buy giCs

Make sure you know what you’re buying

Contact the provider / distributor online or by phone to check these details:

​1. How is interest calculated and paid out?

  • Some GICs pay simple interest monthly, semi-annually, quarterly or annually. Others compound interest annually and pay out at maturity. You may have a choice between some alternatives
  • Compounding interest and getting it paid out together with the principal repayment at maturity is the most effective option

2. What is the minimum amount?

3. How can you leave instructions at the time of purchase for what the provider / distributor
    should do with the money at maturity?

  • Banks, and traditional banks in particular, like to roll over (renew) maturing GICs. This may not be what you want. Rolling over means reinvesting the money into a similar-maturity GIC at the current interest rate
  • Sometimes the roll-over is automatic when you buy a GIC online at a bank, and you’ll have to call the bank to leave instructions to cash the GIC instead
  • Other providers take online instructions to deposit cash to your account at maturity, or do it automatically

4. Will the bank send you a notice of upcoming maturity?

  • It’s convenient to get a reminder so that you can get ready to either reinvest the money or withdraw to use it

5. Will the bank send a confirmation of the transaction – by email, text, or regular mail?

6. Is there any fee / commission?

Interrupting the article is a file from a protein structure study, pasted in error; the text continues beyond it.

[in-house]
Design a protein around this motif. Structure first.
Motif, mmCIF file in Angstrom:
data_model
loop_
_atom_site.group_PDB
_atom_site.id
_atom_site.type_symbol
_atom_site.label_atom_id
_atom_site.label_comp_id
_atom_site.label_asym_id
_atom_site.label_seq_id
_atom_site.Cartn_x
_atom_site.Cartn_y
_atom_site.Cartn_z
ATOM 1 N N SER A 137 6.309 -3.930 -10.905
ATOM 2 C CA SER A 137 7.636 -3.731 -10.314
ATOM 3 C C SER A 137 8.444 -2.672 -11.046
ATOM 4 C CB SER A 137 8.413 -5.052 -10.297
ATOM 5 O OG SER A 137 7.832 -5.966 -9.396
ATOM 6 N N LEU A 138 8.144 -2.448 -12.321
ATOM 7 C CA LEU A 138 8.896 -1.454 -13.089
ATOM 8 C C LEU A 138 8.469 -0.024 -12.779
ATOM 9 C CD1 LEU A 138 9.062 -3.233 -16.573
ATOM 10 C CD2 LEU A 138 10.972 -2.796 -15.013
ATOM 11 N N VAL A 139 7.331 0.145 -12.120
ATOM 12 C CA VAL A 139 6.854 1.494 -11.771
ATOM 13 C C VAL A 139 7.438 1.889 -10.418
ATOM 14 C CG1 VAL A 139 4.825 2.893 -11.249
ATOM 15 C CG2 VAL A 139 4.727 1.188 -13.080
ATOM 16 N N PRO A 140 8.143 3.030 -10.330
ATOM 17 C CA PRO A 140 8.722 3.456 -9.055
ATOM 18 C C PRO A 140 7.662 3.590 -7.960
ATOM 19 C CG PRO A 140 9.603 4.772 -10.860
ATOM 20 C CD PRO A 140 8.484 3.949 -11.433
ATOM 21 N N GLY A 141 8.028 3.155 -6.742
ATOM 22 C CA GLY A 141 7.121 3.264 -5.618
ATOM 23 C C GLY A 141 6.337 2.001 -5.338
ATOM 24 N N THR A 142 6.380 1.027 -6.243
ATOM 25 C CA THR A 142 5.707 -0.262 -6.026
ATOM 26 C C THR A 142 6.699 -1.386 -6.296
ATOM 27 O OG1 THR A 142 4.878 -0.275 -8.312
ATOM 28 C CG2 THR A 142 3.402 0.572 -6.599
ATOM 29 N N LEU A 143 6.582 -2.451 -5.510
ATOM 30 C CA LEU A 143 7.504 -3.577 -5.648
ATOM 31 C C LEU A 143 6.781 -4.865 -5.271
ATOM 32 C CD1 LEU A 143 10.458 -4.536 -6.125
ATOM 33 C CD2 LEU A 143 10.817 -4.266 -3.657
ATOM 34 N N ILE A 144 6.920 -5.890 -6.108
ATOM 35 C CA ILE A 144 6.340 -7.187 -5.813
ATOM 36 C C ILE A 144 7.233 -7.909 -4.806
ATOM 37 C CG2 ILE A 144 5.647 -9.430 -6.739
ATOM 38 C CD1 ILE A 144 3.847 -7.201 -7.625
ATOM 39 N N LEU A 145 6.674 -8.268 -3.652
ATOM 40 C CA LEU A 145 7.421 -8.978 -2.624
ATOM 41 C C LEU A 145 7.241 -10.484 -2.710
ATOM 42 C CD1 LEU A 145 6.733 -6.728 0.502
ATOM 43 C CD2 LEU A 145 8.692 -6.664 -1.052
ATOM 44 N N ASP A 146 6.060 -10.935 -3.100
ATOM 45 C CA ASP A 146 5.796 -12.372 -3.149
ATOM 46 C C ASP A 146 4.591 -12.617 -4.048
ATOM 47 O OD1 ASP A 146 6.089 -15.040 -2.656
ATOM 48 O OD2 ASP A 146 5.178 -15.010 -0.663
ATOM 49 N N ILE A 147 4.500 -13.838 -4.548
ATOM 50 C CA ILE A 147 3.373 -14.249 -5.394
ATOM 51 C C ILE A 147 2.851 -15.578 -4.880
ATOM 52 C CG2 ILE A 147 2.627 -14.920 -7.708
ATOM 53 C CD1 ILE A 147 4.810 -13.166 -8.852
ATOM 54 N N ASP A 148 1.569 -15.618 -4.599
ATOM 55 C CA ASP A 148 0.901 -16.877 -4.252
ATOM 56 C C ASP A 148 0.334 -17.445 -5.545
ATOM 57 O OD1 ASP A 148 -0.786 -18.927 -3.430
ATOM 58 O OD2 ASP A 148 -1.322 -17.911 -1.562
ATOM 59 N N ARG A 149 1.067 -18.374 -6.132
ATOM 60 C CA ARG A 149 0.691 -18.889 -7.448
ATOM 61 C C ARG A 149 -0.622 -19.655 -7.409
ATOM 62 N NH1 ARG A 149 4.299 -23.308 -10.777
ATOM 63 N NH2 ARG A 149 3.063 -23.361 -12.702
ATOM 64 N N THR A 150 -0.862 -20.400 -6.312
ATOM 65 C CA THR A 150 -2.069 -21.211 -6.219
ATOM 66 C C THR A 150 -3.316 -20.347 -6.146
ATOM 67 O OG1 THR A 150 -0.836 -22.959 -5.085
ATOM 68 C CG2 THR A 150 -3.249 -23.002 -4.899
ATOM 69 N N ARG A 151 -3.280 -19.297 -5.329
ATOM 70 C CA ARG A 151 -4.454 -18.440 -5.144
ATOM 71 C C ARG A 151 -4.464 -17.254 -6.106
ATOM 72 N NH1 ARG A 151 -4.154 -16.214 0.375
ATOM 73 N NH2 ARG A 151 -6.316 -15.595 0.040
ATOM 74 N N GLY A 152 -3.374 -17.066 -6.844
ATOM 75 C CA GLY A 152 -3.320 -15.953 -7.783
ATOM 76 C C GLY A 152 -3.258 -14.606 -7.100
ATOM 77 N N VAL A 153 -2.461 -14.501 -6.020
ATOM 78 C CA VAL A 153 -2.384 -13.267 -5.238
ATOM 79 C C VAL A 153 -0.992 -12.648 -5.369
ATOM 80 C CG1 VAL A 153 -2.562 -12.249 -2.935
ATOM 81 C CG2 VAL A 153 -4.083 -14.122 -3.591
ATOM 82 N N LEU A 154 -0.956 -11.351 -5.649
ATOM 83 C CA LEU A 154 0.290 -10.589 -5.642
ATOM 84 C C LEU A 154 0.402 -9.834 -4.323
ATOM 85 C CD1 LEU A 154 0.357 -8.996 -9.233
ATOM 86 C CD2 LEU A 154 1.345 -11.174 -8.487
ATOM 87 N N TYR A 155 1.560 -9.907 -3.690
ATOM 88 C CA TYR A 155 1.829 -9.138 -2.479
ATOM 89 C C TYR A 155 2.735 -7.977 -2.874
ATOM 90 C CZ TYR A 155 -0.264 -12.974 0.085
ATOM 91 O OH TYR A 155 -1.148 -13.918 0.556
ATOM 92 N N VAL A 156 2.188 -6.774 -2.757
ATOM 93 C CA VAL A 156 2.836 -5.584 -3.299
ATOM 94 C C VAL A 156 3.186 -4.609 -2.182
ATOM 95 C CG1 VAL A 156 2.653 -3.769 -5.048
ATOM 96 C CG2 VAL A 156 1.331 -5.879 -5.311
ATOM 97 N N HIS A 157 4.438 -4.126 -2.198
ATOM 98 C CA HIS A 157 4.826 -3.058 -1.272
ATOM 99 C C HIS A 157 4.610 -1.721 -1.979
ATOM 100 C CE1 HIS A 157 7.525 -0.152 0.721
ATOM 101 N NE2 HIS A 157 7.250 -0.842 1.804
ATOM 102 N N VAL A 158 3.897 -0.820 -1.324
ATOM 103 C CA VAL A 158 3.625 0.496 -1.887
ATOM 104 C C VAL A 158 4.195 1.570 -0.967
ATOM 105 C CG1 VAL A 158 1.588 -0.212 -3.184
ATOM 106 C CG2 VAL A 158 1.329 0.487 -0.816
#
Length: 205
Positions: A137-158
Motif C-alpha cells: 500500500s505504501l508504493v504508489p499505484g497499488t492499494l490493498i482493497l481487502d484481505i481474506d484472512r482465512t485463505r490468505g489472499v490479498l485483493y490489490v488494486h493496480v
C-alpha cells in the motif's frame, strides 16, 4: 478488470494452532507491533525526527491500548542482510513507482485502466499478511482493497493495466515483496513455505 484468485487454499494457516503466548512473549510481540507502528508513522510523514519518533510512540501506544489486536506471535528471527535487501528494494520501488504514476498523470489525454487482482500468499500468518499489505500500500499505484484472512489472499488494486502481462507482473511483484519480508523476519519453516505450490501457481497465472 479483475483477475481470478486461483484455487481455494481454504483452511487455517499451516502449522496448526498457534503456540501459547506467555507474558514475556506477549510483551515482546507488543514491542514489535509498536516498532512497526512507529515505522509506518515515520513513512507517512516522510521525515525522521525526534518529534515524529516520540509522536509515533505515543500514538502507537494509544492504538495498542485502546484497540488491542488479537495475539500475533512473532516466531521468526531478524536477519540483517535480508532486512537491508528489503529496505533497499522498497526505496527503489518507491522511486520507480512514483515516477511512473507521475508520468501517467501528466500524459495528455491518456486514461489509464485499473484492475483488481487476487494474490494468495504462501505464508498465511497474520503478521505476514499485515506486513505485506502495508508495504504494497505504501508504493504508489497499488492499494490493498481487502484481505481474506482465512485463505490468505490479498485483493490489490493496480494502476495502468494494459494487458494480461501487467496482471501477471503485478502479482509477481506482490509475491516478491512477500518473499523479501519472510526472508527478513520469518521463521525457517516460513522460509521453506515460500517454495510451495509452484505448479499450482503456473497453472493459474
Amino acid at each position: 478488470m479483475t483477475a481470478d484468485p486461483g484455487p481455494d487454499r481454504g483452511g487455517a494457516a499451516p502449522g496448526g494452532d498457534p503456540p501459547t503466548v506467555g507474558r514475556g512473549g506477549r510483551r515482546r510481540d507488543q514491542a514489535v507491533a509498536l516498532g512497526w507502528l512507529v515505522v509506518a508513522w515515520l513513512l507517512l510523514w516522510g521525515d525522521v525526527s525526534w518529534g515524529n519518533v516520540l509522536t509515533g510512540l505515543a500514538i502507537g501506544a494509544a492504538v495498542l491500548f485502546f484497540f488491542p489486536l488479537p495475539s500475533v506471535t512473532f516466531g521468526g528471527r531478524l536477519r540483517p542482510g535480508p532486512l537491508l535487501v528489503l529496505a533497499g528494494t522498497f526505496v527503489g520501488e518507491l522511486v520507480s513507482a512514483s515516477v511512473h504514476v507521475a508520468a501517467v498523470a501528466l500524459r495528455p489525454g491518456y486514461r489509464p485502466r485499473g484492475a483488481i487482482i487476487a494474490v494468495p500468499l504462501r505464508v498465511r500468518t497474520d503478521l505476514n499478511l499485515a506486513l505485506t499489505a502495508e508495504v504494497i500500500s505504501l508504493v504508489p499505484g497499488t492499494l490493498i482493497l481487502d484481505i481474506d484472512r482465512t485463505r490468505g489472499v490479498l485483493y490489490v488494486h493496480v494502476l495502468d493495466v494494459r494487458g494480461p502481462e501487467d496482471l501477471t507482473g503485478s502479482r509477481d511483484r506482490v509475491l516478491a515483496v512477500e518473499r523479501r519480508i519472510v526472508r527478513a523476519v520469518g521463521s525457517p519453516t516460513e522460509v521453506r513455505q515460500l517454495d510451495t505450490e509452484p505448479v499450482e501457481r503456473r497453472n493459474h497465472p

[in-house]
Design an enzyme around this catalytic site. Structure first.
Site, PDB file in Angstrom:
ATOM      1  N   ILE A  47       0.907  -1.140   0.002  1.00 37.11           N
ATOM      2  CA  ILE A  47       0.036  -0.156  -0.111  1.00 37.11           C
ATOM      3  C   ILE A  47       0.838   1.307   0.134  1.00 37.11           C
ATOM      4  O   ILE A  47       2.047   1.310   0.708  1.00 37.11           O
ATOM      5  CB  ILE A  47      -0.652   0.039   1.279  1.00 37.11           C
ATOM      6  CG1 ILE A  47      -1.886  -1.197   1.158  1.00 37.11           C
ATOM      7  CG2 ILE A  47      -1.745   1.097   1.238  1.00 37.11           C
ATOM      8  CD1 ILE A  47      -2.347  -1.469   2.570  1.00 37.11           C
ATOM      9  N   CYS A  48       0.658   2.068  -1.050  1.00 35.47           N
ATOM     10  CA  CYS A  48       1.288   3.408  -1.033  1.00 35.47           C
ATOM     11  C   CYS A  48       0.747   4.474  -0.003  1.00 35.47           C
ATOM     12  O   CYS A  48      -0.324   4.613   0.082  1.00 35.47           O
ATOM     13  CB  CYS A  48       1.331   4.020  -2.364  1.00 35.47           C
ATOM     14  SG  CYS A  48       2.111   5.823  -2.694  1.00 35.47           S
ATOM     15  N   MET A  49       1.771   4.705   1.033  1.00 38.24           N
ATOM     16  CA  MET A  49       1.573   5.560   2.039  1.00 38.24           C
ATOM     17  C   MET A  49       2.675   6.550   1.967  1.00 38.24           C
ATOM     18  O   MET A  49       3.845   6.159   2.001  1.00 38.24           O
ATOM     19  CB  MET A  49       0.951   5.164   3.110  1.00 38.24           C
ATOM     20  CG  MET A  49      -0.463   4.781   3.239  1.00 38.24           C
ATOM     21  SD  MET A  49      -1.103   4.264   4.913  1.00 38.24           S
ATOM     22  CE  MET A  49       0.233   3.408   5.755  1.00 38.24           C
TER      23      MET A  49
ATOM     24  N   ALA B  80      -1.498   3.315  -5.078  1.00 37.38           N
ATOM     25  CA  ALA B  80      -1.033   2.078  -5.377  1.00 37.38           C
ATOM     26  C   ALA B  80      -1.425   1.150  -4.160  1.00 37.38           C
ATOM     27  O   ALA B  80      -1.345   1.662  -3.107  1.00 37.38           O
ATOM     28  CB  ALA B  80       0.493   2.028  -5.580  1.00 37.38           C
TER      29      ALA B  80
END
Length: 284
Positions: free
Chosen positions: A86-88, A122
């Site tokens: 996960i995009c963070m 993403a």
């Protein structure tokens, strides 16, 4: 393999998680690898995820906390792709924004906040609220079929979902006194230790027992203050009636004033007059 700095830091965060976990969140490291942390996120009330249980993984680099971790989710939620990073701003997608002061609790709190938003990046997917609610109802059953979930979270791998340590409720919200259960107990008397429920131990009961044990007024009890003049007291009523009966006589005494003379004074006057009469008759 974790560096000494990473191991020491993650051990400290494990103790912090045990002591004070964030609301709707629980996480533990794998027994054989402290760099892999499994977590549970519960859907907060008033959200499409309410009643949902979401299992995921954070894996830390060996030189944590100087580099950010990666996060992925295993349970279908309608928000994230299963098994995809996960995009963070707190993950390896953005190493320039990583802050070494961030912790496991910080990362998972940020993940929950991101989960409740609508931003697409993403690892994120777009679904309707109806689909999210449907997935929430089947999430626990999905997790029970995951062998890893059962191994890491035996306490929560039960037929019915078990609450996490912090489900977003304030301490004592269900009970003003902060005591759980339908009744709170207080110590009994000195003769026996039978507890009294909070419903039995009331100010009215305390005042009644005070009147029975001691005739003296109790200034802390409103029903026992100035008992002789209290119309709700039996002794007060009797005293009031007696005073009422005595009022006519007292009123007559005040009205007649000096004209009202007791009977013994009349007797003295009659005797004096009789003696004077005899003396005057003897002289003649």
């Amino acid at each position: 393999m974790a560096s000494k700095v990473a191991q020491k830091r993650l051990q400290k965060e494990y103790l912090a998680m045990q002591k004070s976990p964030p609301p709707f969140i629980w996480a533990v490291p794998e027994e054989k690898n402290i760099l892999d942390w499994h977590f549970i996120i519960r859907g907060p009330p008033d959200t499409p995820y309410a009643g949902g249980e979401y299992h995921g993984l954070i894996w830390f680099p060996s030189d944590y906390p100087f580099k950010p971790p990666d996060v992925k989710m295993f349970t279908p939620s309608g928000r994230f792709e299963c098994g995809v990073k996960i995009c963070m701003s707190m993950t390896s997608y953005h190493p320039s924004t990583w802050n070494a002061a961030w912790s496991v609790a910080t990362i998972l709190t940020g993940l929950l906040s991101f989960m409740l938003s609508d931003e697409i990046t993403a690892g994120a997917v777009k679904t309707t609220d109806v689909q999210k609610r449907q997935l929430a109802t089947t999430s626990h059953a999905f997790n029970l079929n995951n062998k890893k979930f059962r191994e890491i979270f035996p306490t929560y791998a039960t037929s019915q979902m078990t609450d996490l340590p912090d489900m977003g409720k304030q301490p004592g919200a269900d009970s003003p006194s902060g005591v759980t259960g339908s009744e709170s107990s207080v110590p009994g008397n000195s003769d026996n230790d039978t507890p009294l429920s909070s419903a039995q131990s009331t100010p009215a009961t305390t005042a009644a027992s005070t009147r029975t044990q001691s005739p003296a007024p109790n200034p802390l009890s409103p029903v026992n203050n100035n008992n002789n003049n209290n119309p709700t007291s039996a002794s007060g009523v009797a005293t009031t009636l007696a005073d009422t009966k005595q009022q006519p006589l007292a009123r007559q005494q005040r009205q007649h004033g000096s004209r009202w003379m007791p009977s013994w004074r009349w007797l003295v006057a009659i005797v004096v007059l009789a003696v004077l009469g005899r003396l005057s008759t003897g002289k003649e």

• Assume there is unless you are buying the GIC directly from the provider (that is, the bank that issues it).  It will be incorporated in the GIC interest rate. You can see that by comparing the rates shown on, for example, the www.ratehub, which are provider rates and the rates for the same GICs shown, for example, by your online bank or online broker platform. It could be 0.15%-0.25% of the annual rate

7. Confirm what institution insures the GIC

  • Expect CDIC, a federal (Canadian) government agency, for banks and trusts that are federally-incorporated, and a provincial government agency for the regional banks and credit unions. From a practical perspective, we would not worry about the difference – all are government agencies

8. Is the GIC redeemable or non-redeemable?

  • Non-redeemable GICs offer a higher rate but your money will not be available to you until maturity. Or there may be a penalty if you redeem early.  So consider non-redeemable GICs. And if you think you’ll need the money sooner, consider a ladder of GICs or simply keeping the money in a savings account​​

before you buy a gic

Do your research to identify the most competitive offers in the maturity that interests you

  • Make sure to look at the highest-rate providers not just in one maturity but across the range from 1 to 5 years, as in our research table. Sometimes providers do not offer competitive rates in a specific maturity and you’ll be better off avoiding it and buying either a slightly shorter or a slightly longer GIC